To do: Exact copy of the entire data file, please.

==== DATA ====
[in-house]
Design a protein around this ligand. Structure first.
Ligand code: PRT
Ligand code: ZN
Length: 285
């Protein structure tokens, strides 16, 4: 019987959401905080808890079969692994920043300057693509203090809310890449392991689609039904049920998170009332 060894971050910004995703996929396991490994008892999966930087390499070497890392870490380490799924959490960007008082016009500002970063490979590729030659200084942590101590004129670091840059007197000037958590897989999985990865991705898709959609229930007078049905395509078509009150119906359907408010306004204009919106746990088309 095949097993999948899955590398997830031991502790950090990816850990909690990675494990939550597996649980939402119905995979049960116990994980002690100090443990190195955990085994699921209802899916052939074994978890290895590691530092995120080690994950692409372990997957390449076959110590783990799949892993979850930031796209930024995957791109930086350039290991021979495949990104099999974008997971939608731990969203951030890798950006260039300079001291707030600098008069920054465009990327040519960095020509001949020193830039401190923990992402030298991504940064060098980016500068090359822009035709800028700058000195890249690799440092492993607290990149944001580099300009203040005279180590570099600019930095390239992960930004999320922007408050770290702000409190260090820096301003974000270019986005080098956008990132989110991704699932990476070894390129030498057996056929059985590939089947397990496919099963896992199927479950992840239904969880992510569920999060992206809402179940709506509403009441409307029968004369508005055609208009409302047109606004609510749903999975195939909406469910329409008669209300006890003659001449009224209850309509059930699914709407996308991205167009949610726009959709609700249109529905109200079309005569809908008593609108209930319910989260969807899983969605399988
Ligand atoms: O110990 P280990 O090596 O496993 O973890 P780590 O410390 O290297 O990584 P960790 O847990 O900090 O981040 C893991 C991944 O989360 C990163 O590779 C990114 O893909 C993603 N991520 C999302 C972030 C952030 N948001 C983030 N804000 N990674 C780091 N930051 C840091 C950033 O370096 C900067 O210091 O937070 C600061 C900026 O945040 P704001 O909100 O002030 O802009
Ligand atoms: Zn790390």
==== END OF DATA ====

[in-house]
Design a protein around this ligand. Structure first.
Ligand code: PRT
Ligand code: ZN
Length: 285
């Protein structure tokens, strides 16, 4: 019987959401905080808890079969692994920043300057693509203090809310890449392991689609039904049920998170009332 060894971050910004995703996929396991490994008892999966930087390499070497890392870490380490799924959490960007008082016009500002970063490979590729030659200084942590101590004129670091840059007197000037958590897989999985990865991705898709959609229930007078049905395509078509009150119906359907408010306004204009919106746990088309 095949097993999948899955590398997830031991502790950090990816850990909690990675494990939550597996649980939402119905995979049960116990994980002690100090443990190195955990085994699921209802899916052939074994978890290895590691530092995120080690994950692409372990997957390449076959110590783990799949892993979850930031796209930024995957791109930086350039290991021979495949990104099999974008997971939608731990969203951030890798950006260039300079001291707030600098008069920054465009990327040519960095020509001949020193830039401190923990992402030298991504940064060098980016500068090359822009035709800028700058000195890249690799440092492993607290990149944001580099300009203040005279180590570099600019930095390239992960930004999320922007408050770290702000409190260090820096301003974000270019986005080098956008990132989110991704699932990476070894390129030498057996056929059985590939089947397990496919099963896992199927479950992840239904969880992510569920999060992206809402179940709506509403009441409307029968004369508005055609208009409302047109606004609510749903999975195939909406469910329409008669209300006890003659001449009224209850309509059930699914709407996308991205167009949610726009959709609700249109529905109200079309005569809908008593609108209930319910989260969807899983969605399988
Ligand atoms: O110990 P280990 O090596 O496993 O973890 P780590 O410390 O290297 O990584 P960790 O847990 O900090 O981040 C893991 C991944 O989360 C990163 O590779 C990114 O893909 C993603 N991520 C999302 C972030 C952030 N948001 C983030 N804000 N990674 C780091 N930051 C840091 C950033 O370096 C900067 O210091 O937070 C600061 C900026 O945040 P704001 O909100 O002030 O802009
Ligand atoms: Zn790390």